Meanwhile, Monsoor Ahmed, Secretary, BTMA, said that currently some 270 spinning mills are producing yarn for the local markets, while the number of weaving units across the country is more than 11,000, including cottage, small and medium ones.
Some 500 weaving mills are members of the BTMA, Monsoor said, adding that the local suppliers have failed to make Taka 20,000 crore due to COVID-19 in April and May this year, but currently, there are no old stock of unsold yarn in the mills as the demand has risen lately.
Despite the increase in sale of locally manufactured yarn and fabrics on account of diminished supply from India, BTMA President Mohammad Ali Khokon said it could be difficult to cover up the losses that the sector faced in April and May.
“I believe the sector would be more benefitted if the maintenance of the tight security along the bordering areas continues so that the illegal invasion of cheap Indian yarn and fabrics does not take place,” the BTMA President stressed.
There are many other ways through which yarn and fabrics from overseas make their way into the local market as well. It may be mentioned here that as per a report published by the United States Department of Agriculture (USDA) last year, local textile millers in Bangladesh have long been facing uneven competition due to abundant imports of cheap yarn and fabrics, so much so that some of them were about to leave the market and were reportedly facing challenges dealing with a huge stockpile of unsold fabric.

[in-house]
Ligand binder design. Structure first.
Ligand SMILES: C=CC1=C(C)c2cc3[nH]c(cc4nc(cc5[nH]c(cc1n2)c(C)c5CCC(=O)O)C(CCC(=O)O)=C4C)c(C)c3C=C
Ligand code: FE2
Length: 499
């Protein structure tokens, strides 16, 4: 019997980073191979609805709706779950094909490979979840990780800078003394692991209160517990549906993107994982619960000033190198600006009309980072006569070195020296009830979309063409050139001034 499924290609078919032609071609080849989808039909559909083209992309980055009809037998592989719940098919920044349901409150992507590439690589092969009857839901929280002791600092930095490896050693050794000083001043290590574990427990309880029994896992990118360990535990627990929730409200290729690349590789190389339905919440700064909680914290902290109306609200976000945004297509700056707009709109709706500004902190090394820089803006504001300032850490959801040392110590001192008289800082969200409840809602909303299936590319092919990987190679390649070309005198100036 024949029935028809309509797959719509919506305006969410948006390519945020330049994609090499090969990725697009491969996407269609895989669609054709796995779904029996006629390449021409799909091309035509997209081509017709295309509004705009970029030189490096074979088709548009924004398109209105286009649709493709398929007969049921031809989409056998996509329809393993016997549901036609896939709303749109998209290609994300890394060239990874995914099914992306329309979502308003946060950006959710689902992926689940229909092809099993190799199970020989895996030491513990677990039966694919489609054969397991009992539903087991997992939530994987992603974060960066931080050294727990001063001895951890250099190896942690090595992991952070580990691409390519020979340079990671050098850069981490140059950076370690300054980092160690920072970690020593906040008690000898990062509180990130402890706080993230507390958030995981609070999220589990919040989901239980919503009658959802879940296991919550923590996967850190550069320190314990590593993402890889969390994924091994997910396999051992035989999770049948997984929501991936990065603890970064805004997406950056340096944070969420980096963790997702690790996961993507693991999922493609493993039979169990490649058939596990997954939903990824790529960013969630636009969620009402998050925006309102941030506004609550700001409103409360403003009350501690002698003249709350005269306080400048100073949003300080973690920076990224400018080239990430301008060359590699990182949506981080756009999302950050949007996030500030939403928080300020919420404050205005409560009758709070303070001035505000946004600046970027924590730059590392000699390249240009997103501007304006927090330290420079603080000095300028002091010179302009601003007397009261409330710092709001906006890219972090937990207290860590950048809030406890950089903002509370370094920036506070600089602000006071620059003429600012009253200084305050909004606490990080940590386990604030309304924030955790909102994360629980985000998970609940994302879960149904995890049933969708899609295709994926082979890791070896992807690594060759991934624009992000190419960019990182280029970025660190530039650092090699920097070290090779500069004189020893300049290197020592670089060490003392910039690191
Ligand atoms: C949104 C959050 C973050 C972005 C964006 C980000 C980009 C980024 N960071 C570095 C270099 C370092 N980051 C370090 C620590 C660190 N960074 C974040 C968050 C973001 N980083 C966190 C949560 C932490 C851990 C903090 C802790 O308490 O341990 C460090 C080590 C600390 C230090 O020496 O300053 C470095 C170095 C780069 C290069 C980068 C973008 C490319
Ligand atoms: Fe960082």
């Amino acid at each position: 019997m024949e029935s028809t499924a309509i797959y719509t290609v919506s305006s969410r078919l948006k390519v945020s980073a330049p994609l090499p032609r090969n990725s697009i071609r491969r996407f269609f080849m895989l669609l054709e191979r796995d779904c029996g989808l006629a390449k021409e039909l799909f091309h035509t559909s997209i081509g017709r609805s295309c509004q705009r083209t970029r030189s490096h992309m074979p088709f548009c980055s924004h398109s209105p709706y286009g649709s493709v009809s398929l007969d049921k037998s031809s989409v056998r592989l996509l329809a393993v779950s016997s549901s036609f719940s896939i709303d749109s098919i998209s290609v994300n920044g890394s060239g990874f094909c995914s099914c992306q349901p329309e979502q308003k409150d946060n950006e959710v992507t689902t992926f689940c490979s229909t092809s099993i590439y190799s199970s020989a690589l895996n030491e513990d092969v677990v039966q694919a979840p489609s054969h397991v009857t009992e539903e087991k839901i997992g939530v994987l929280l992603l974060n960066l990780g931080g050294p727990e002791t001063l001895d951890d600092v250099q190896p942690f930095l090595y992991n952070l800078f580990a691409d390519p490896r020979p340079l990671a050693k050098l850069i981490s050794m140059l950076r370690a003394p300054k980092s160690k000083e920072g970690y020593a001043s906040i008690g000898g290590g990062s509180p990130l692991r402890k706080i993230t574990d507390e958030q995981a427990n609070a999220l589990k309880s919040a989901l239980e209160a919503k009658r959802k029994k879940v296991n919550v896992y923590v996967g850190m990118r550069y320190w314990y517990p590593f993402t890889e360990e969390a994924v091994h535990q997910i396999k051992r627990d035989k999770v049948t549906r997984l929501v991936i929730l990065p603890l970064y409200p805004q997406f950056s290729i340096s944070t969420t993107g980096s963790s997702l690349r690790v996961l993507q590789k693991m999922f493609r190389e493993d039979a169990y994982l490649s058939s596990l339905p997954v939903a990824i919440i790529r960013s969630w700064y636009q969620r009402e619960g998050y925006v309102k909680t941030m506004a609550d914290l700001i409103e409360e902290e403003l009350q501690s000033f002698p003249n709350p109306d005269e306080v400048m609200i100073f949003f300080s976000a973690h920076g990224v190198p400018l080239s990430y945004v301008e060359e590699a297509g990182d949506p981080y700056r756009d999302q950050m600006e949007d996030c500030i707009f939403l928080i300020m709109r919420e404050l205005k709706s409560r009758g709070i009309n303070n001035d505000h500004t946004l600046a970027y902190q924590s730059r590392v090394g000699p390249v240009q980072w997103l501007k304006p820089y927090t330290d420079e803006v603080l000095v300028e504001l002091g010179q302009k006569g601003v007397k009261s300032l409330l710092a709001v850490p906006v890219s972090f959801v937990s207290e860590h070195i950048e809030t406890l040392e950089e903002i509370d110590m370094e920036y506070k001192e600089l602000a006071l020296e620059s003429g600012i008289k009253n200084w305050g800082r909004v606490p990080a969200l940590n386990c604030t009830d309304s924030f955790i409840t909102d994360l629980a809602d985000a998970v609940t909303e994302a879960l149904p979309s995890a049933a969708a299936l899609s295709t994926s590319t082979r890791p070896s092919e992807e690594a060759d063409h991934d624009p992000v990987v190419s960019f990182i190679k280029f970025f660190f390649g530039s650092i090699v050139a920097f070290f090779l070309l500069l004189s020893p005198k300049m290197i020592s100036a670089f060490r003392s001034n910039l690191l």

The USDA attributed the phenomena to low-priced yarn and fabric imports increased through bonded warehouse import ‘leakage’, improper utilisation declaration (UD) certification facilities of readymade garment manufacturers, false declaration of product specification and smuggling through the border with India.
Local RMG manufacturers import yarn and fabric from China, India and Pakistan using a bonded warehouse (zero tariffs on import of raw materials for export value-added product) privilege. “The imported yarn and fabric with zero tariffs are then illegally sold to the local market which forces down prices in the domestic market,” stated the USDA report.
It may be mentioned here that local textile mills have long been critical of the alleged misuse of bonded warehouse facilities, as they felt that primary textile sector of the country had been facing a survival crisis due to the misuse of the bonded warehouse facility, resulting in loss of demand for local products.
The closure of international borders in the recent past on account of COVID-19 may have stopped import of cheap fabrics and yarn – through legal and illegal channels – thereby giving local mills to do some decent business ahead of the Eid-ul-Azha festival, but if the Government fails to protect the interest of the local mills, local manufacturers of fabrics and yarn would have to suffer business loss on account of invasion of cheap fabrics and yarn from other countries in the coming days as well.